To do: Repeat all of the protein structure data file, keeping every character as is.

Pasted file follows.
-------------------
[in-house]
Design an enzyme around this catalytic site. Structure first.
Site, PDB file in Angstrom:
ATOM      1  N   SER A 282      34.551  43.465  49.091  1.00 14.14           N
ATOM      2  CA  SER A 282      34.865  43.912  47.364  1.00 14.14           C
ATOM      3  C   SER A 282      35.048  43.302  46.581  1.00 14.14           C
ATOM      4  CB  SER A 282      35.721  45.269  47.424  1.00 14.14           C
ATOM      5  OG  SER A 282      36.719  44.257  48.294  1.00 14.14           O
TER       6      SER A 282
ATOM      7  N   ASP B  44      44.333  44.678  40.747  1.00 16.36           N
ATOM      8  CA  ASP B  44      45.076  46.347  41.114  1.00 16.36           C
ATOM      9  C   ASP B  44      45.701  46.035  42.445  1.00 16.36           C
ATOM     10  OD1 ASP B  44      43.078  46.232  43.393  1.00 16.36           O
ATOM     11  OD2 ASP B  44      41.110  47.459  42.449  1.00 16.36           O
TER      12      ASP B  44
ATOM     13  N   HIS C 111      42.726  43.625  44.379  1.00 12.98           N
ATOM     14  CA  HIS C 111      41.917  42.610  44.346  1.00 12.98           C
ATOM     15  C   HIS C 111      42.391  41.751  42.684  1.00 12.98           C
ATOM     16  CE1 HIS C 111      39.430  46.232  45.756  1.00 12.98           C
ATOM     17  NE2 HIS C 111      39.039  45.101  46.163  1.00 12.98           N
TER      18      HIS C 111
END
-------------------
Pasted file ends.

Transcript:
[in-house]
Design an enzyme around this catalytic site. Structure first.
Site, PDB file in Angstrom:
ATOM      1  N   SER A 282      34.551  43.465  49.091  1.00 14.14           N
ATOM      2  CA  SER A 282      34.865  43.912  47.364  1.00 14.14           C
ATOM      3  C   SER A 282      35.048  43.302  46.581  1.00 14.14           C
ATOM      4  CB  SER A 282      35.721  45.269  47.424  1.00 14.14           C
ATOM      5  OG  SER A 282      36.719  44.257  48.294  1.00 14.14           O
TER       6      SER A 282
ATOM      7  N   ASP B  44      44.333  44.678  40.747  1.00 16.36           N
ATOM      8  CA  ASP B  44      45.076  46.347  41.114  1.00 16.36           C
ATOM      9  C   ASP B  44      45.701  46.035  42.445  1.00 16.36           C
ATOM     10  OD1 ASP B  44      43.078  46.232  43.393  1.00 16.36           O
ATOM     11  OD2 ASP B  44      41.110  47.459  42.449  1.00 16.36           O
TER      12      ASP B  44
ATOM     13  N   HIS C 111      42.726  43.625  44.379  1.00 12.98           N
ATOM     14  CA  HIS C 111      41.917  42.610  44.346  1.00 12.98           C
ATOM     15  C   HIS C 111      42.391  41.751  42.684  1.00 12.98           C
ATOM     16  CE1 HIS C 111      39.430  46.232  45.756  1.00 12.98           C
ATOM     17  NE2 HIS C 111      39.039  45.101  46.163  1.00 12.98           N
TER      18      HIS C 111
END